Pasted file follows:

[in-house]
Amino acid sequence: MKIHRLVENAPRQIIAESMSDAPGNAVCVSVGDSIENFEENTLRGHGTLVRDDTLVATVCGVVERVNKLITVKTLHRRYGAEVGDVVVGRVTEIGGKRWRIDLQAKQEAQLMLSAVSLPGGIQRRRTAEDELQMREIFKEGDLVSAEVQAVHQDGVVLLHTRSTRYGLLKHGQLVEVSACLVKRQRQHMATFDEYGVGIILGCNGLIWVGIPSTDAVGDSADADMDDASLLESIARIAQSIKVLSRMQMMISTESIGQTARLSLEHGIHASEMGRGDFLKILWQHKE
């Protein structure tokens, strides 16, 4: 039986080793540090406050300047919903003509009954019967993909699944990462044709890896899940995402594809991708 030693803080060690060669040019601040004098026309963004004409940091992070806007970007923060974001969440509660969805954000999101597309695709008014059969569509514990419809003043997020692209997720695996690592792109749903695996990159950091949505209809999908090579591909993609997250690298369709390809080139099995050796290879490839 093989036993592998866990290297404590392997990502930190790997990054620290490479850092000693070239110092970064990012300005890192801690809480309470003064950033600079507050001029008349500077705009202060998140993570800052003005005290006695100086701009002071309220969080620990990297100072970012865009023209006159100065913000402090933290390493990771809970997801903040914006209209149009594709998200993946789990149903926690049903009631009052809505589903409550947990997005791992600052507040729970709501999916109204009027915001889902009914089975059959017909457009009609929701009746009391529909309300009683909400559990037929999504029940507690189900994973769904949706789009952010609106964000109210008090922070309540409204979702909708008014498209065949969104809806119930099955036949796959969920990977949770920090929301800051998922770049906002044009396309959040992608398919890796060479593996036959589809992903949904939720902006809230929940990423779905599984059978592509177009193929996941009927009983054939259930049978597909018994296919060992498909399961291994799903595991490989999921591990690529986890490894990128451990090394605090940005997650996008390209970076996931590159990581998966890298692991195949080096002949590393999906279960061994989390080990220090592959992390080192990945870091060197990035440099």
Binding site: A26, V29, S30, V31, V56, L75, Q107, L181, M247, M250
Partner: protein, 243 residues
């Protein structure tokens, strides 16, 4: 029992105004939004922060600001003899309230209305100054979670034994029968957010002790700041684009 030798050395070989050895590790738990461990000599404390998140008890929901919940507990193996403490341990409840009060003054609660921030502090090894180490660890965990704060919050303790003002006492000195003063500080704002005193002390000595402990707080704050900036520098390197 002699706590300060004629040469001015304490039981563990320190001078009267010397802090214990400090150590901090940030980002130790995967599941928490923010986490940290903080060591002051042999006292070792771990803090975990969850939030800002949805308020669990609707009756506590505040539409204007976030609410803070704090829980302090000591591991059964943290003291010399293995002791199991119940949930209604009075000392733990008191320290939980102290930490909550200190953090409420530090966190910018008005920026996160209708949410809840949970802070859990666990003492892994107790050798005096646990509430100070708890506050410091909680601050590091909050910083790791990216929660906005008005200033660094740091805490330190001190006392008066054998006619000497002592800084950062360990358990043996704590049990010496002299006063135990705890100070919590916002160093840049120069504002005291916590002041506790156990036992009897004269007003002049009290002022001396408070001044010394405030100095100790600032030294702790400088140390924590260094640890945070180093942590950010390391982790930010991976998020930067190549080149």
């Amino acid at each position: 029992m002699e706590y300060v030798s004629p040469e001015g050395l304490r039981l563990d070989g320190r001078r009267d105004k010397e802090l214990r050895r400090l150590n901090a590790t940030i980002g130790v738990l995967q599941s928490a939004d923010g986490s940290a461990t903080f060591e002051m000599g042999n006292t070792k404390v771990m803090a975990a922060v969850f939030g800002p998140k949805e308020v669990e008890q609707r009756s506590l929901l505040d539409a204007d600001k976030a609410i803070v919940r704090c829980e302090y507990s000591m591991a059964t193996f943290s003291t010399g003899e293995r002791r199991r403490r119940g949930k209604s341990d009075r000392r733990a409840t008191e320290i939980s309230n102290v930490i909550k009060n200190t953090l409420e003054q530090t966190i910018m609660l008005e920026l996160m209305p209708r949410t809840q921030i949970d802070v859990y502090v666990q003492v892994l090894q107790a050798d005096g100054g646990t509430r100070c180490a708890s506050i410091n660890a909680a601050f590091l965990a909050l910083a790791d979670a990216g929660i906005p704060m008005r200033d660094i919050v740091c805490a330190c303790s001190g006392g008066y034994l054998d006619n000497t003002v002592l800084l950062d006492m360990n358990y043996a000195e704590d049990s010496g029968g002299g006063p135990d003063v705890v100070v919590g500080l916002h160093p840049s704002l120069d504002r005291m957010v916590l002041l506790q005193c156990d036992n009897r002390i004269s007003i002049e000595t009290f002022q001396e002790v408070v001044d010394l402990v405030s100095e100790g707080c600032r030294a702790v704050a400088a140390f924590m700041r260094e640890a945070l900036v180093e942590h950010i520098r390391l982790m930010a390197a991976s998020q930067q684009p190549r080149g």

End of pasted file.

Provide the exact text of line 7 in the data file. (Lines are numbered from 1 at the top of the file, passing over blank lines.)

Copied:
């Amino acid at each position: 029992m002699e706590y300060v030798s004629p040469e001015g050395l304490r039981l563990d070989g320190r001078r009267d105004k010397e802090l214990r050895r400090l150590n901090a590790t940030i980002g130790v738990l995967q599941s928490a939004d923010g986490s940290a461990t903080f060591e002051m000599g042999n006292t070792k404390v771990m803090a975990a922060v969850f939030g800002p998140k949805e308020v669990e008890q609707r009756s506590l929901l505040d539409a204007d600001k976030a609410i803070v919940r704090c829980e302090y507990s000591m591991a059964t193996f943290s003291t010399g003899e293995r002791r199991r403490r119940g949930k209604s341990d009075r000392r733990a409840t008191e320290i939980s309230n102290v930490i909550k009060n200190t953090l409420e003054q530090t966190i910018m609660l008005e920026l996160m209305p209708r949410t809840q921030i949970d802070v859990y502090v666990q003492v892994l090894q107790a050798d005096g100054g646990t509430r100070c180490a708890s506050i410091n660890a909680a601050f590091l965990a909050l910083a790791d979670a990216g929660i906005p704060m008005r200033d660094i919050v740091c805490a330190c303790s001190g006392g008066y034994l054998d006619n000497t003002v002592l800084l950062d006492m360990n358990y043996a000195e704590d049990s010496g029968g002299g006063p135990d003063v705890v100070v919590g500080l916002h160093p840049s704002l120069d504002r005291m957010v916590l002041l506790q005193c156990d036992n009897r002390i004269s007003i002049e000595t009290f002022q001396e002790v408070v001044d010394l402990v405030s100095e100790g707080c600032r030294a702790v704050a400088a140390f924590m700041r260094e640890a945070l900036v180093e942590h950010i520098r390391l982790m930010a390197a991976s998020q930067q684009p190549r080149g």